Holy mother of all video codecs, Batman! Microsoft announces Silverlight 3 will support h.264. It’s been a pretty good week for Microsoft on the hearts and minds front. First they role out Seinfeld as a pitchman (you had me at Shoe Circus Jerry). The ad was subtle, avoided the obvious Apple references, was utterly devoid of all normal hyperbole evident in recent campaigns (Surface “revolutionizes” the $10K multi-touch coffee table market), and most importantly no obnoxious “aero” translucency was anywhere to be seen (is it just me or is Aero the equivalent of clear plastic pumps).
However, it was the news that Silverlight 3 will support h.264 video and AAC audio that has me ready to sing Kumbaya, kiss the girls in Redmond or become an English soccer hooligan (lots of drinking and a sport I don’t have to pay much attention to…seems grand to me). Now in typical MS fashion they can’t seem to get out of their own way and appear to be pulling a Zoolander and taking credit for the codec’s development.
Self-aggrandizement aside, this is an absolutely huge move by Microsoft and one they should be lauded for. Sure they didn’t get there first (they actually won’t be there for quite some time) and the Flash Player team’s aggressive moves forced their hand, but the end result helps content creators and the industry as a whole out. It’s a move away from vendor lock-in and toward customer empowerment. Microsoft has big plans for Silverlight. They want it to be embedded on a lot of platforms (mobile handsets, consumer electronics, etc.). They don’t have a dominant market position which means they need to leverage existing and future content repositories. It’s a hell of a lot easier to sell customers on RIA platform than it is to sell them on RIA platform + video format, especially when changing video format means re-encoding a large library. Well done Microsoft. Way to connect the dots and make customer needs come first.
Love the bold UI / workflow approach of Chrome. It also makes complete sense for Google to make a client service play as the gatekeeper to the world’s information, though I’m not without enormous reservations here (too much power and too much control if they ever become the dominant browser). I’m wondering how the web purists crowd will take a potential kill shot to the browser as a platform (next OS) movement from their heretofore champion?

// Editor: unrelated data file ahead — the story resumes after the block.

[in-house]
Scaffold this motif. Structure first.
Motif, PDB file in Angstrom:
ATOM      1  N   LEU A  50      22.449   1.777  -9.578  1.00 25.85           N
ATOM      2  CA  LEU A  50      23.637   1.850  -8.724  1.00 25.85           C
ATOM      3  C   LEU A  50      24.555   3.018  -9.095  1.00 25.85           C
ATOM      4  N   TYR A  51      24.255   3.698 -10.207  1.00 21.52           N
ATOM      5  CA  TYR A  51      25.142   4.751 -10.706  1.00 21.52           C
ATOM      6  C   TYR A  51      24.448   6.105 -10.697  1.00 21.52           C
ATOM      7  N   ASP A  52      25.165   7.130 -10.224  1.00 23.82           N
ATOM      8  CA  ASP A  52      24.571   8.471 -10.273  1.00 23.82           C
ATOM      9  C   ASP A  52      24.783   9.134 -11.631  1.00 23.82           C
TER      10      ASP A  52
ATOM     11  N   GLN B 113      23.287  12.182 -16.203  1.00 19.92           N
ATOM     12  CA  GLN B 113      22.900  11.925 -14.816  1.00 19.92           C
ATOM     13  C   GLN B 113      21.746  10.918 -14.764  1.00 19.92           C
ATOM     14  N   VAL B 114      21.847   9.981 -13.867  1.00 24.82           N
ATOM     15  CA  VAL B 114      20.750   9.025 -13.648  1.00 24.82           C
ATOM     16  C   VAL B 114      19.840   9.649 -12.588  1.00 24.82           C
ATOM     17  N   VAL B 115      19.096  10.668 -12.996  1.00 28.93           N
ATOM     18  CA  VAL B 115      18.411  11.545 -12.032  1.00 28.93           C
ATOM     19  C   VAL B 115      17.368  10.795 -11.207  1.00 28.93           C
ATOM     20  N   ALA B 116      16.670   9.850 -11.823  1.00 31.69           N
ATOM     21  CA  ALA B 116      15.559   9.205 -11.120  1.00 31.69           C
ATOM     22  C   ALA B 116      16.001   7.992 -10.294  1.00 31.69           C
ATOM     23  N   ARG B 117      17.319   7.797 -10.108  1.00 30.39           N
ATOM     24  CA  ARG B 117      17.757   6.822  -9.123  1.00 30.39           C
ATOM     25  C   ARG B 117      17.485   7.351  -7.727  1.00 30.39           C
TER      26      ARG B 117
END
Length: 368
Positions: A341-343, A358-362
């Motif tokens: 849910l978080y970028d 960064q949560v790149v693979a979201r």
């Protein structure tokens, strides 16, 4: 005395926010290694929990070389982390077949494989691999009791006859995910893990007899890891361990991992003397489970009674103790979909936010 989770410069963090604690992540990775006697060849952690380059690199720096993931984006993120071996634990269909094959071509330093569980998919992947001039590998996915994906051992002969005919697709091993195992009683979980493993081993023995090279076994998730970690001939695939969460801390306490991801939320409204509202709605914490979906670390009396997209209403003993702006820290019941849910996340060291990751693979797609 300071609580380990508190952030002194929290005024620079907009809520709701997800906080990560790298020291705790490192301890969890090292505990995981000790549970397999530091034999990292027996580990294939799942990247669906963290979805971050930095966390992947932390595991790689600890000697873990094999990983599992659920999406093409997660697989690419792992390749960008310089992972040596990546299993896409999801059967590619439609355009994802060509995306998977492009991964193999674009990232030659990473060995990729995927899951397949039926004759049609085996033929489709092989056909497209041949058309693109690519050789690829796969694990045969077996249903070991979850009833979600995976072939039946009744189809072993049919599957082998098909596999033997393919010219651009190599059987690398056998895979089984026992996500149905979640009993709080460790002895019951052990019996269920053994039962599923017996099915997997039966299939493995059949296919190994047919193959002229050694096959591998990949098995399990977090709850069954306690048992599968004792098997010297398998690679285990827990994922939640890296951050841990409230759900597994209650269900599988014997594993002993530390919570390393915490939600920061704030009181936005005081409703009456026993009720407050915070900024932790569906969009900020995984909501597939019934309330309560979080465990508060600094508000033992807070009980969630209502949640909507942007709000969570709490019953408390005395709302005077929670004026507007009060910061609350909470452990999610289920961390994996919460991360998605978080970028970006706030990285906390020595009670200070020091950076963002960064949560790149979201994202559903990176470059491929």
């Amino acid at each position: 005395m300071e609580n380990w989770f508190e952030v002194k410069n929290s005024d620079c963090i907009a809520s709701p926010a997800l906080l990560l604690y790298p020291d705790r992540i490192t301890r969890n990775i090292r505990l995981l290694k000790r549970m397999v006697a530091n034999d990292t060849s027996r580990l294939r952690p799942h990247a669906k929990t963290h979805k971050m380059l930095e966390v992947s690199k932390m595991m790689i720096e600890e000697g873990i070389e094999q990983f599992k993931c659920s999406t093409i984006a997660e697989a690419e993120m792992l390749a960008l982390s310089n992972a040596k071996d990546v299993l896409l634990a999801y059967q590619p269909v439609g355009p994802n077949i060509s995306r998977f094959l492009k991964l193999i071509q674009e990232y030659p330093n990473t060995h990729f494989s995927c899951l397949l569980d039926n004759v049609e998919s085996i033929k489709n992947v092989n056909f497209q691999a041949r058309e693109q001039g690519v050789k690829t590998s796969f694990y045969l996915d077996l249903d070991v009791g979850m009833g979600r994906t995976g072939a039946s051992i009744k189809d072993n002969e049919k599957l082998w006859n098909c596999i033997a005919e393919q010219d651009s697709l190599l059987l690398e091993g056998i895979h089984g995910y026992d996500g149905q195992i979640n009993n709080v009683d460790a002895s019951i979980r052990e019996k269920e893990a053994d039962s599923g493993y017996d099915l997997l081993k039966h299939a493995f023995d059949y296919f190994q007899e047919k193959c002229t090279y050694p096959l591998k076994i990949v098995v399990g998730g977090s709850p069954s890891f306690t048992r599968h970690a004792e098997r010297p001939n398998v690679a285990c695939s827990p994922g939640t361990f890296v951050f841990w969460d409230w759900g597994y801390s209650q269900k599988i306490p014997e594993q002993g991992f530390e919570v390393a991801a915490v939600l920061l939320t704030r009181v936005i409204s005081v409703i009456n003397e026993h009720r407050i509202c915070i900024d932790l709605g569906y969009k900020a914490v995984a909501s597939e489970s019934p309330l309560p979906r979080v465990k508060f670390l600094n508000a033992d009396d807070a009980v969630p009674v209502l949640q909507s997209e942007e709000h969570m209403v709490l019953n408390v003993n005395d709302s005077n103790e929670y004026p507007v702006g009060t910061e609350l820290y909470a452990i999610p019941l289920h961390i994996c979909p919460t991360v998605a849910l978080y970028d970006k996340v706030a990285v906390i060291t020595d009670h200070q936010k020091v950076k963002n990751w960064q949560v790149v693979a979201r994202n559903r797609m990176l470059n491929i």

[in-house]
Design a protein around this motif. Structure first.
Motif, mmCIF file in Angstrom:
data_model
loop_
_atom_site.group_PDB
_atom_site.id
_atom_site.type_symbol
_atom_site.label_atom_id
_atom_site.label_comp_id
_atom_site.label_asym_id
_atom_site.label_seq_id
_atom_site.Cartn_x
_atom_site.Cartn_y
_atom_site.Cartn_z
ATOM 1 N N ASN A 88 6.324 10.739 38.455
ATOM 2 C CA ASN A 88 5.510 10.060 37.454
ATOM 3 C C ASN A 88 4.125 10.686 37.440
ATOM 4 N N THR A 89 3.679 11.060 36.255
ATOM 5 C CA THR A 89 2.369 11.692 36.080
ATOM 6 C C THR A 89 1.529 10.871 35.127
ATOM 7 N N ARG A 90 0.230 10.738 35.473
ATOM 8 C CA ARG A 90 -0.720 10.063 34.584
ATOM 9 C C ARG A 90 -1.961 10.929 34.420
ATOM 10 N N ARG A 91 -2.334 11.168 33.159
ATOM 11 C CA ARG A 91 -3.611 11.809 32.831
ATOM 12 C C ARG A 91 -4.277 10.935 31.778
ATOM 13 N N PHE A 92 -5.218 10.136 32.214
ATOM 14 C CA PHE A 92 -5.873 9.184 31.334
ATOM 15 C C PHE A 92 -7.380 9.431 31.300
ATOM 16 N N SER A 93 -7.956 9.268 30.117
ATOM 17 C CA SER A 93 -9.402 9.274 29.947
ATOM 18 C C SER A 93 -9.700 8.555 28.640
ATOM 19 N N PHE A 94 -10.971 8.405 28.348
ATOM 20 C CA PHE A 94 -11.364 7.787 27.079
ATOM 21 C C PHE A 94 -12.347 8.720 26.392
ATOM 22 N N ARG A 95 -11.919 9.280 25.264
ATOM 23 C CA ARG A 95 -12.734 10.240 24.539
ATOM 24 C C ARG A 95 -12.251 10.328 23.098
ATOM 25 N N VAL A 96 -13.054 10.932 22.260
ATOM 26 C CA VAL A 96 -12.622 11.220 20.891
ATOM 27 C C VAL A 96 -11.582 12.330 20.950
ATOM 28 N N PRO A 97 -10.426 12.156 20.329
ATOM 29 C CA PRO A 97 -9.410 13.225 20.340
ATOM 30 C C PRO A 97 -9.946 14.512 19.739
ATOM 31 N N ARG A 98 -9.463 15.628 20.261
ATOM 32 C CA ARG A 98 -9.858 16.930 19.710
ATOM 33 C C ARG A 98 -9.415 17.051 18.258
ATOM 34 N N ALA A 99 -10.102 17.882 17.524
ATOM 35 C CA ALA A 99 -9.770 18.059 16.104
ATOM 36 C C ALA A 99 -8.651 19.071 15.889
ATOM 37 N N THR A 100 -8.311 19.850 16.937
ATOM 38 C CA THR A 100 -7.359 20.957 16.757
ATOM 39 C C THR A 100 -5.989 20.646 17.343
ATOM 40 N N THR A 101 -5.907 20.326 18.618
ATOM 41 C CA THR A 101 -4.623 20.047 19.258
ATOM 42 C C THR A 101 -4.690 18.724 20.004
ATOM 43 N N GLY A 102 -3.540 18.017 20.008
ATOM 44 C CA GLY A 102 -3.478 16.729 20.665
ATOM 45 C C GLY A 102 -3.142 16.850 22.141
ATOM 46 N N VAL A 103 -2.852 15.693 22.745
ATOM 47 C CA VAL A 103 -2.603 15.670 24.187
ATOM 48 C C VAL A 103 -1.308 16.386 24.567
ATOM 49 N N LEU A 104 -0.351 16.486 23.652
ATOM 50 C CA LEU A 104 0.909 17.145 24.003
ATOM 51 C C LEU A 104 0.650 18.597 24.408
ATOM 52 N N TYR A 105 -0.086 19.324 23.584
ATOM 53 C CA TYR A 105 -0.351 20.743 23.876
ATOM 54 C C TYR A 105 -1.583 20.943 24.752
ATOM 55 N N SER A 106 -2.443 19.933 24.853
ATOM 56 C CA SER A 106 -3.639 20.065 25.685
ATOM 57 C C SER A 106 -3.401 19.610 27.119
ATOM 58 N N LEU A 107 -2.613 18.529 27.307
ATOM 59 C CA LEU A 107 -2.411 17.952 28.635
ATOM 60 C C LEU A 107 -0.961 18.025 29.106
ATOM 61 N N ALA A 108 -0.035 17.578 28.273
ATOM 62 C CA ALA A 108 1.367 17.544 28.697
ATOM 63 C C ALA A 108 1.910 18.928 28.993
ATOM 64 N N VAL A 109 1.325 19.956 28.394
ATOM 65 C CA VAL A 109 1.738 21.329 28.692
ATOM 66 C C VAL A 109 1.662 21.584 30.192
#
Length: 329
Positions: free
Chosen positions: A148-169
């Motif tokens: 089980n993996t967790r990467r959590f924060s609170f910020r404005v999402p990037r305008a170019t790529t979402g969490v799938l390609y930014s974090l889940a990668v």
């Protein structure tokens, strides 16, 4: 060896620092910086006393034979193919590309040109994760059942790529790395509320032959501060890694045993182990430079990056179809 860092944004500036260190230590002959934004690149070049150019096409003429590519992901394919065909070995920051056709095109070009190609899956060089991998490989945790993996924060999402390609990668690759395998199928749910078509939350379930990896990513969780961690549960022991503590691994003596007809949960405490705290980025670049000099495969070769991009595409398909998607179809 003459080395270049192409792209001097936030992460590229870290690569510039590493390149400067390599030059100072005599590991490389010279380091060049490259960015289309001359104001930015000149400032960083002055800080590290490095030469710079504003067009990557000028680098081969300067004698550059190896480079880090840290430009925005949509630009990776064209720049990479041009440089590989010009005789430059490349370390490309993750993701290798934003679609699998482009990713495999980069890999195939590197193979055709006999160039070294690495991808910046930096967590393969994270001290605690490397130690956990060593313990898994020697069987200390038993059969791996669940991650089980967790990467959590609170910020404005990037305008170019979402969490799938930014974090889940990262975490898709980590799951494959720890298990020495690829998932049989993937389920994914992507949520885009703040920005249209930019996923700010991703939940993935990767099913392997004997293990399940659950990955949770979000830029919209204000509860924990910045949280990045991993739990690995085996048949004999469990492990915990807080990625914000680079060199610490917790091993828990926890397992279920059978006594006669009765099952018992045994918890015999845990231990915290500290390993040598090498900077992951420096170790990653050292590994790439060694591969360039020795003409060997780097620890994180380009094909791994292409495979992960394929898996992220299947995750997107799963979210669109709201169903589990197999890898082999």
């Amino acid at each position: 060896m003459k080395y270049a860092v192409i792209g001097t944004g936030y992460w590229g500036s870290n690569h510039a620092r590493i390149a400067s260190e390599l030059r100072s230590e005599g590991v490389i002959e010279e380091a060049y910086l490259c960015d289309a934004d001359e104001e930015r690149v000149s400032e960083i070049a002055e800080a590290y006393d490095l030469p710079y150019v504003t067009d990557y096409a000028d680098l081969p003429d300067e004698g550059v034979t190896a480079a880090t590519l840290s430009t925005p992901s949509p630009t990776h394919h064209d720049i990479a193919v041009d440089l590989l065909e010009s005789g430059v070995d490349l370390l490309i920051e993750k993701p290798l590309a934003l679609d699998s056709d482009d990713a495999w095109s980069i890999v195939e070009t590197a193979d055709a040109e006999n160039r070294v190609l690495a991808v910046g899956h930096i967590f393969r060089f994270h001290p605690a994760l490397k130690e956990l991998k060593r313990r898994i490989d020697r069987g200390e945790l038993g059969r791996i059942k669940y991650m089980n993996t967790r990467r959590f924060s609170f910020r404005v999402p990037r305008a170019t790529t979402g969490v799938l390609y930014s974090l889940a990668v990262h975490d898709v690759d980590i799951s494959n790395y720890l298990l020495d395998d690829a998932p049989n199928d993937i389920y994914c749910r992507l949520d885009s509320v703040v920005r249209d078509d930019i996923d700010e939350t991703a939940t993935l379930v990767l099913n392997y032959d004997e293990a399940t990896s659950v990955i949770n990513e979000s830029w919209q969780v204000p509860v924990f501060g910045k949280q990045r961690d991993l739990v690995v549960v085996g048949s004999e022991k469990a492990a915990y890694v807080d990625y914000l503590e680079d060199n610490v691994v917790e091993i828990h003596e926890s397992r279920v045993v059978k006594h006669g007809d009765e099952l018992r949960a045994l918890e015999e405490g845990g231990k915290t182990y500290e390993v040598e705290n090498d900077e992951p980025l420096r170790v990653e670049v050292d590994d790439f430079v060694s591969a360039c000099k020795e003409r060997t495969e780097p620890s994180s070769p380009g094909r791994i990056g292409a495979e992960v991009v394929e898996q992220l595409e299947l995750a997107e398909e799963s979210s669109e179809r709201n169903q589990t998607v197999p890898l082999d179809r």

The article is probably referring to the per tab unique memory space and Google may well intend to build a “platform” to push the OS into the background. However, the implied design considerations of the chromeless UI reflects the importance and commitment to targeted experiences and that’s where runtimes like AIR / WPF shine. Google’s got the resources to forgo the RAD platforms, but most of us don’t. Much is changing in the software / platform world, but it should now be pretty clear that the desktop’s not dead yet.
*Update* After glancing through my feed reader for the first time in about 48 hours, I have to apologize for this post. Maybe I need to take some time away from the blogosphere because I’m starting to sound like all the other blowhards out there. ;-(
*Update* Rands may have taken the cake with his Chrome analysis.
Steve Yegge lambasts business requirements as heaping piles of, well, shit. It’s an evocative rant with a few pearls and paradoxes. Definitely worth a read if you’ve got the time. If not, but you want a peek inside my notebook, here’s a jingstream of what I found interesting.
Somehow we’ve lost sight of the fact that we’re more alike than different. Our basic knowledge of self is core to our understanding of others. Humans wouldn’t be so adept socially if we were so inept at understanding others. It’s this very adeptness that’s allowed us to survive and thrive for eons. The puzzler is why does the usability / user experience field often lead us away from the tools for the job we we are actually equipped with?
If you’ve got the time to kill on a video, this preso from Adaptive Path touches on the topic a bit as well (starts around at the 15 minute mark)
So far (one year later) I’m pretty non-plussed with Adobe Media Player. It reminds me too much of Real / WMP which means I must not be the target market, or I’m just old and cranky. The source of much of my irritation has been that it launches at startup and I don’t remember giving it permission to. Regardless, every time I reboot (admittedly infrequent on OS X) I’m confronted with a slow starting app (AMP) and I can’t figure out where startup preferences are that would stop this.
Just today, I decided to again nose around in the “options” and discovered that launch at startup is actually tucked away under a category called “Automatic Notifications”.
Whether in the iPhone, RIAs, or new age desktop apps, motion patterns are all the rage. I dig this and I’m a big advocate for pushing the boundaries of usability and user / brand experience, but at the end of the day some of AMP’s animations don’t add much value for me and end up feeling gratuitous. This contributes to a sense of bloat and “fakeness” in the app which is also part of the “brand experience” that’s often not accounted for.
There’s lots to like it in AMP (rss playlists, file system playback of flv, etc.), but there’s also a disturbing sense of bloat (it sometimes feels like a big advert to me), a slick, but gratuitous, ui which reinforces emotional unease and an overall lack of concern for user control (launch at boot up). Add it all up and it makes me feel like AMP is just more of the same in the media player market.